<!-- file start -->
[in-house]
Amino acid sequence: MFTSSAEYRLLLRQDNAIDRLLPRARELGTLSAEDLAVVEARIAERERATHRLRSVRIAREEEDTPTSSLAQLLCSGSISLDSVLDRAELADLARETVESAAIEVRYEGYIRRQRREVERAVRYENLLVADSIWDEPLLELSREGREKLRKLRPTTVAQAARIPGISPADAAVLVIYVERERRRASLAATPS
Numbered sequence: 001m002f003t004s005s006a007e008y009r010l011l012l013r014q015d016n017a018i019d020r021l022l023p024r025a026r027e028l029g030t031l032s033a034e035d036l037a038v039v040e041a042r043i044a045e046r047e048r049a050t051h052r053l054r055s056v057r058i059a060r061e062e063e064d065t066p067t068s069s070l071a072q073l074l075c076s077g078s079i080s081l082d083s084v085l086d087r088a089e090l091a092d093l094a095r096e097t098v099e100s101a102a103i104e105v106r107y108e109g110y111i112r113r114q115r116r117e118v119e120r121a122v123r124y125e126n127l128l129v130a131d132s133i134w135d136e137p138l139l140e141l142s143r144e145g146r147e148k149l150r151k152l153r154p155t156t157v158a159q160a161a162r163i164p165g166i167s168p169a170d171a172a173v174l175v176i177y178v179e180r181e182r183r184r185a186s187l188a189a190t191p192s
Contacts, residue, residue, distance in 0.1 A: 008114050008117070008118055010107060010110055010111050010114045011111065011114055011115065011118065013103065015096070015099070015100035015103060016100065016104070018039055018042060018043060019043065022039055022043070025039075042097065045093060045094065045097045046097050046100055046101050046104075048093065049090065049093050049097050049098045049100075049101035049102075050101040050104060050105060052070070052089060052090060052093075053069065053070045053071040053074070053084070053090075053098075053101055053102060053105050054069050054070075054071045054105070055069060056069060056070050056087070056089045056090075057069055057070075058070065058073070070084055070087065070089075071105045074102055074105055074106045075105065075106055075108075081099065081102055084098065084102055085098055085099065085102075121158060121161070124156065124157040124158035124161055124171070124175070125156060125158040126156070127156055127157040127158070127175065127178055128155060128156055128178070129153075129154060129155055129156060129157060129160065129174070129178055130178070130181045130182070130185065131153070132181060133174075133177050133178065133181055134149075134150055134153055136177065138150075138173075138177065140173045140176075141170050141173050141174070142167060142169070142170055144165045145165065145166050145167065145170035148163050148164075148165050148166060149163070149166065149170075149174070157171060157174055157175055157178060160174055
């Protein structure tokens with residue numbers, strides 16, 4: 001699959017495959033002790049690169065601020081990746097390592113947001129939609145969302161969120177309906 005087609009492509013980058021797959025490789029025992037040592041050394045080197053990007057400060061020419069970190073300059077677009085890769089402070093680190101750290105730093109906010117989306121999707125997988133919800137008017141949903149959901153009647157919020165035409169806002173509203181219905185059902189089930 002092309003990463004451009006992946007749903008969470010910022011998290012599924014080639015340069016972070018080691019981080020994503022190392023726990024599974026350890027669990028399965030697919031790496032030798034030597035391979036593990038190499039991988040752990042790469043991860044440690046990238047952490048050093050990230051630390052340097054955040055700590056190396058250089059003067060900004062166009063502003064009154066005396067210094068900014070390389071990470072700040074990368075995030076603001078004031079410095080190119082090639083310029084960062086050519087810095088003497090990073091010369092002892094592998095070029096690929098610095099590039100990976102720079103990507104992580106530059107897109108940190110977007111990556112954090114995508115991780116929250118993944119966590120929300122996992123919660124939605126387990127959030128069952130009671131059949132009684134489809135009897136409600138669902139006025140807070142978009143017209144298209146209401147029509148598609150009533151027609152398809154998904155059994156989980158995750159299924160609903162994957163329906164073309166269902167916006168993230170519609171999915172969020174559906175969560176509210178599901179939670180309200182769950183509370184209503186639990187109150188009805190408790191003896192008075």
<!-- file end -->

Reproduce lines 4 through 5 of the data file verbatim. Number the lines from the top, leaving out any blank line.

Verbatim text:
Contacts, residue, residue, distance in 0.1 A: 008114050008117070008118055010107060010110055010111050010114045011111065011114055011115065011118065013103065015096070015099070015100035015103060016100065016104070018039055018042060018043060019043065022039055022043070025039075042097065045093060045094065045097045046097050046100055046101050046104075048093065049090065049093050049097050049098045049100075049101035049102075050101040050104060050105060052070070052089060052090060052093075053069065053070045053071040053074070053084070053090075053098075053101055053102060053105050054069050054070075054071045054105070055069060056069060056070050056087070056089045056090075057069055057070075058070065058073070070084055070087065070089075071105045074102055074105055074106045075105065075106055075108075081099065081102055084098065084102055085098055085099065085102075121158060121161070124156065124157040124158035124161055124171070124175070125156060125158040126156070127156055127157040127158070127175065127178055128155060128156055128178070129153075129154060129155055129156060129157060129160065129174070129178055130178070130181045130182070130185065131153070132181060133174075133177050133178065133181055134149075134150055134153055136177065138150075138173075138177065140173045140176075141170050141173050141174070142167060142169070142170055144165045145165065145166050145167065145170035148163050148164075148165050148166060149163070149166065149170075149174070157171060157174055157175055157178060160174055
């Protein structure tokens with residue numbers, strides 16, 4: 001699959017495959033002790049690169065601020081990746097390592113947001129939609145969302161969120177309906 005087609009492509013980058021797959025490789029025992037040592041050394045080197053990007057400060061020419069970190073300059077677009085890769089402070093680190101750290105730093109906010117989306121999707125997988133919800137008017141949903149959901153009647157919020165035409169806002173509203181219905185059902189089930 002092309003990463004451009006992946007749903008969470010910022011998290012599924014080639015340069016972070018080691019981080020994503022190392023726990024599974026350890027669990028399965030697919031790496032030798034030597035391979036593990038190499039991988040752990042790469043991860044440690046990238047952490048050093050990230051630390052340097054955040055700590056190396058250089059003067060900004062166009063502003064009154066005396067210094068900014070390389071990470072700040074990368075995030076603001078004031079410095080190119082090639083310029084960062086050519087810095088003497090990073091010369092002892094592998095070029096690929098610095099590039100990976102720079103990507104992580106530059107897109108940190110977007111990556112954090114995508115991780116929250118993944119966590120929300122996992123919660124939605126387990127959030128069952130009671131059949132009684134489809135009897136409600138669902139006025140807070142978009143017209144298209146209401147029509148598609150009533151027609152398809154998904155059994156989980158995750159299924160609903162994957163329906164073309166269902167916006168993230170519609171999915172969020174559906175969560176509210178599901179939670180309200182769950183509370184209503186639990187109150188009805190408790191003896192008075």